The Producers – EUSOG

Based on the film of the same name, The Producers is a story of two Broadway producers setting out to deliberately create a flop in the form of guaranteed-disaster ‘Springtime for Hitler’. The production by Edinburgh University’s Savoy Opera Group was brilliantly enthusiastic, but was ultimately hindered by lack of space and tech issues.

The cast are undeniably extremely talented. The lead duo Max Bialystock and Leo Bloom, played by Max McLaughlin and Rob Merriam respectively, have excellent on-stage chemistry, which makes their dynamic believable. Merriam’s physicality is especially strong. He flails around the stage like an anxious Pinocchio, all limbs  and big dreams. His relationship to Ulla (Georgia Rodgers) is delightfully absurd; her farcical Swedish accent and her incredible voice both contribute to our enjoyment of their bond.

Indeed, the physical presence of the cast was clear throughout. Visual gags stuck well, and dance routines were evidently well-rehearsed. The ensemble were equally impressive. They go from passersby to aspiring stars, and then to sexually frustrated old ladies, and on to astonishingly camp production assistants to Roger Debris (Taliah Horner). The costumes department must be commended here: the range of costumes, colours, and roles are spectacular. I kept expecting them to run out of outfits, but they just keep coming!

The comic aspect is overall successful; little gags peppered throughout keep the audience laughing and energy levels high. Some jokes don’t land too well, but the cast roll from moment to moment without faltering. The musical numbers are hilarious as well, with ‘That Face’ and ‘Keep It Gay’ being clear crowd favourites. I wonder, however, whether perpetuating a trope that uses homosexuality as a punchline isn’t a little passé. Still, the crowd enjoyed it, and their energy was infectious, so I suspended my political correctness and laughed along (Gordon Stackhouse’s Carmen Ghia was particularly good).

Ultimately, this is the point of the production: it’s problematic on purpose, and isn’t ashamed of it. Theatre might ordinarily shy away from bedazzled Nazi armbands, or an entire musical number about something two grannies short of an elderly prostitution ring. The play asks us why we place societal filters on such things. If we’ve learned anything from our beloved world leaders, it’s that the best way to combat political despair is to laugh at it. EUSOG’s production does just that.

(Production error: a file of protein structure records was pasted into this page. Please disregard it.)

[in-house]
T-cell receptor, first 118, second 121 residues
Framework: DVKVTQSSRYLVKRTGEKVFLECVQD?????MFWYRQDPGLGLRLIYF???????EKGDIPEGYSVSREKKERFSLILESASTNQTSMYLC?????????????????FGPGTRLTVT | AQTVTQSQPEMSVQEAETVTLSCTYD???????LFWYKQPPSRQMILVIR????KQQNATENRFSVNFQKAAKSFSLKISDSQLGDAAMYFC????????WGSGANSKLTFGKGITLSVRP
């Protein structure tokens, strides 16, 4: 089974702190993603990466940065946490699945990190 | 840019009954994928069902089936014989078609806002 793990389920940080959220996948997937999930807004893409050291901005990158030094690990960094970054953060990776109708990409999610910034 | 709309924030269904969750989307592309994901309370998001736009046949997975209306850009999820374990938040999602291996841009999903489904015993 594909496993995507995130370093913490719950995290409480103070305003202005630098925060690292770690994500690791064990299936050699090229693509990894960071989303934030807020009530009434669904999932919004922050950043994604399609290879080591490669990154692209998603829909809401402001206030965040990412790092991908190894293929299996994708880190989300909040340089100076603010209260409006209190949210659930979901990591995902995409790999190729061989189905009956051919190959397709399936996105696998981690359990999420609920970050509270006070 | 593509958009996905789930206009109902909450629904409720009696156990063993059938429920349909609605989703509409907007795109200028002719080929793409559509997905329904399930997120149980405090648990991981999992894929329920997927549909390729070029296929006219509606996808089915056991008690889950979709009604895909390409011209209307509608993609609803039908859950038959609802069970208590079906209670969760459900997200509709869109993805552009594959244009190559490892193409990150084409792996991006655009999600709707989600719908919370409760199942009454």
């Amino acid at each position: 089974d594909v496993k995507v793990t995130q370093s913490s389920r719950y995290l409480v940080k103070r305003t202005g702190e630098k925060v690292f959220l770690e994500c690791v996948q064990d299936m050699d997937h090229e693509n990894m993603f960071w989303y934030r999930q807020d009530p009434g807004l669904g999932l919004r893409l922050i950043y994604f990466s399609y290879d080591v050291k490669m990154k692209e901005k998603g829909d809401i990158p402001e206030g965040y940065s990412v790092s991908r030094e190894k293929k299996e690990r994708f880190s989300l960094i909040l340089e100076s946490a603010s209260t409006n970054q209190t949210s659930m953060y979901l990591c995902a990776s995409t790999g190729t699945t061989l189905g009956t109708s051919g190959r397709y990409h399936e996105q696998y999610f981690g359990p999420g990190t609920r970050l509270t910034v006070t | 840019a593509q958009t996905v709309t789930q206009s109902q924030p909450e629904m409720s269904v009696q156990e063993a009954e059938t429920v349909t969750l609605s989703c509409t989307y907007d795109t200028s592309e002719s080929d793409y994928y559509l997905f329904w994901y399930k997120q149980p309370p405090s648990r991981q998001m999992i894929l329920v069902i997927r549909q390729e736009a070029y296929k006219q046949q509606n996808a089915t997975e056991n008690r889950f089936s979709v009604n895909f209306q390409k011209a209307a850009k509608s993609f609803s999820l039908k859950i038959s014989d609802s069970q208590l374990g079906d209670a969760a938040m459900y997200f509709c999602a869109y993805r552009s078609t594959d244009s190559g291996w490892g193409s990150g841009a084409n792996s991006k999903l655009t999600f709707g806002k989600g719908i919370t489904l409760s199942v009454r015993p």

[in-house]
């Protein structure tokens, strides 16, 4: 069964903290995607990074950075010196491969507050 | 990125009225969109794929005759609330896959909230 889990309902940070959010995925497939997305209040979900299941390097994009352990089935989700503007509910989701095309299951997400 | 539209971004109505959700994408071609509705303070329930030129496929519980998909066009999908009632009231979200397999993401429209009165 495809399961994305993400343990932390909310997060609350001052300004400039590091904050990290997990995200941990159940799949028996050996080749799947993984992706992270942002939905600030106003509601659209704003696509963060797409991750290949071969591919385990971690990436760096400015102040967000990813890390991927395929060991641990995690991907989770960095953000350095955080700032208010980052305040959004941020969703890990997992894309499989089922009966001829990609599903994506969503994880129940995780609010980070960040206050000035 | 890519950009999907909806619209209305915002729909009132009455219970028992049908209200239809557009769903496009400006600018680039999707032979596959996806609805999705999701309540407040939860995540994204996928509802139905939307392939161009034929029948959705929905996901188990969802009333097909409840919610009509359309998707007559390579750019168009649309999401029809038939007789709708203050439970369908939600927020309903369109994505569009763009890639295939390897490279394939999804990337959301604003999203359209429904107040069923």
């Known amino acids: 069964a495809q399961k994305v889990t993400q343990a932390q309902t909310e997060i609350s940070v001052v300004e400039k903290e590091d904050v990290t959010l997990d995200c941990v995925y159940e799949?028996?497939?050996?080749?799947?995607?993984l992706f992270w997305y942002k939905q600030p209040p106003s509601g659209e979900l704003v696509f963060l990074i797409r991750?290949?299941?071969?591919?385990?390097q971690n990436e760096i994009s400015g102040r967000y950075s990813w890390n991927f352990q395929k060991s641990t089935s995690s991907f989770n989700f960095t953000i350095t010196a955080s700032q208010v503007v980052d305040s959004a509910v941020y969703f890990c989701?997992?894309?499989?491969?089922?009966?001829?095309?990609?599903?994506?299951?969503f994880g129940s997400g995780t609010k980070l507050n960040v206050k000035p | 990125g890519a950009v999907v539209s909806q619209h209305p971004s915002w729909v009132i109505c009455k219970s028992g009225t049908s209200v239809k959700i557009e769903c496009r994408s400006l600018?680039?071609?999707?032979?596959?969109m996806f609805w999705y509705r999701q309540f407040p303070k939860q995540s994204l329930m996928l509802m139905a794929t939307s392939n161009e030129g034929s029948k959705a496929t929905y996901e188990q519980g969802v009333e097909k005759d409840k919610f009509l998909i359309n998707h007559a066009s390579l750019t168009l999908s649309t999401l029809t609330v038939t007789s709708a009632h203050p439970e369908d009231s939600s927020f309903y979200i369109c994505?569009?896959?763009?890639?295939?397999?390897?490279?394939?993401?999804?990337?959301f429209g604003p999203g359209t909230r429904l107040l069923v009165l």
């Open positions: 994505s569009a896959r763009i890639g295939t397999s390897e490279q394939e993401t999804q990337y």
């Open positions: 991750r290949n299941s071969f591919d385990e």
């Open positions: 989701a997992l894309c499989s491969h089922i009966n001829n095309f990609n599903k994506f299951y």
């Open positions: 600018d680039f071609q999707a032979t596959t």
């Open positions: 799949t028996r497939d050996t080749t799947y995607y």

Sadly, this was impeded by the size of the stage, and some tech issues. The live orchestra, while stunning, often drowned out the singers, and fell out of tune with one another more than once. Further, the iconic human swastika (what a phrase) from the film is all but invisible thanks to space restrictions. The play’s ebullient size is squashed into too small a space, and while this is no fault of the actors, it distracts from the overall effect.

Some of the actors are also somewhat two-dimensional in their performances. Will Peppercorn’s Franz Liebkind starts out hilarious in his ‘overly-Germanness’, but his monotone yelling becomes grating by the end of the night. Yet at a hefty two and a half hour running time, the fact that the audience still leapt to their feet to applaud the team is testament to the soaring enthusiasm and dedication that ran throughout.

Overall, the production was slick and clever, taking a well-loved film and transforming it into a whirlwind of music, tap dancing, and fourth-wall breaks. The cast are impressive in the equal strength of their singing and dancing; the production team skilfully executed their vision. It’s clear that the team enjoyed every second. With a bigger space and better-balanced microphones, this production could be flawless.

 

PHOTOS: Gavin Smart

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Lucie Vovk

Lucie Vovk

Arts editor for Young Perspective and 4th year student in English literature and Scandinavian studies at the University of Edinburgh.
Lucie Vovk

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